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Hammudid dynasty

The Hammudid dynasty was a Berber[1] Muslim dynasty that briefly ruled the Caliphate of Córdoba[2][3] and the taifas of Málaga[4] and Algeciras.[5]

Contents

  • The dynasty 1
  • Notes and references 2
    • References 2.1
    • External links 2.2
    • Further reading 2.3

The dynasty

The dynasty is named after their ancestor, Hammud, a descendant of Idris ibn Abdallah, whose ancestors had established themselves among the Berber tribes of northern Morocco. When Sulayman ibn al-Hakam carved out Andalusian land for his Berber allies, two members of the Hammudid family were given the gouvernership of Algeciras, Ceuta and Tangier. The Hammudids thus gained control of the traffic across the Straits of Gibraltar, suddenly becoming a powerful force. Claiming to act on behalf of the dethroned Hicham II, the Hammudi gouvernor of Ceuta Ali ibn Hammud al-Nasir marched upon Córdoba in the year 1016, where he was crowned Caliph.

In the aftermath of the fall of Córdoba and the following civil conflicts, the Hammudids were part of the shi'at al-Barbariya (the Berber faction), while still being able to claim Chorfa descendence. Thus their Berber heritage gave them the nominal support of the Berber emirs (and that of a large North-African army), while their Chorfa heritage made a Caliphal claim acceptable to many in the Arab and Andalusian elite. The last Hammudid Caliph was dethroned by the Zirids of Granada, who had previously been the Hammudids' most important supporters. The Hammudi family was then forced to settle in Ceuta, Morocco.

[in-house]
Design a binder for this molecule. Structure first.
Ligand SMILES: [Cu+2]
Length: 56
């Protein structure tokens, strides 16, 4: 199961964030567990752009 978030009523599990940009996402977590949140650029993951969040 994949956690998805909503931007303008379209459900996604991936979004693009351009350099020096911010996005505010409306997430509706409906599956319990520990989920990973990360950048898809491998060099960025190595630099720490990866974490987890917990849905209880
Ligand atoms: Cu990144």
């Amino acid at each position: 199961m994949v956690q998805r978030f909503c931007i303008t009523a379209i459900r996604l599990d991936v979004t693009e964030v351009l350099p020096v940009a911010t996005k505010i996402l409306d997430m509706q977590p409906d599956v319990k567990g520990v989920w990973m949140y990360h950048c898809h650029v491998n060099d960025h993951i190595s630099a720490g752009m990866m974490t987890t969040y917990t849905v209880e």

Royal house
Hammudid dynasty
Preceded by
Umayyad dynasty
Caliphs of Córdoba
1016–1023
1025–1027
Succeeded by
Umayyad dynasty
(Restored)
Preceded by
-
Disintegration of the Caliphate of Córdoba
Taifa kings of Malaga
1026–1057
Succeeded by
-
Annexed to the Taifa of Granada
Preceded by
-
Disintegration of the Caliphate of Córdoba
Taifa kings of Algeciras
1039–1058
Succeeded by
-
Annexed to the Taifa of Seville

Notes and references

References

  1. ^ William Montgomery Watt, Pierre Cachia, A History of Islamic Spain, (Edinburgh University Press, 2001), 92.
  2. ^ Lane-Poole (1894), p.21
  3. ^ Altamira, Rafael (1999). "Il califfato occidentale". Storia del mondo medievale. vol. II. pp. 477–515. 
  4. ^ Lane-Poole (1894), p.23
  5. ^ Lane-Poole (1894), p.25

External links

Further reading

  • Scales, Peter (1994). The Fall of the Caliphate of Cordoba: Berbers and Andalusis in Conflict. vol. II. BRILL. pp. 38–109 & 142–182.  
  • Bosworth, Clifford Edmund (2004). The New Islamic Dynasties: A Chronological and Genealogical Manual. Edinburgh University Press. pp. 14–16.  
  • Lane-Poole, Stanley (1894). The Mohammadan Dynasties: Chronological and Genealogical Tables with Historicals Introductions. Constable. pp. 23–25. 


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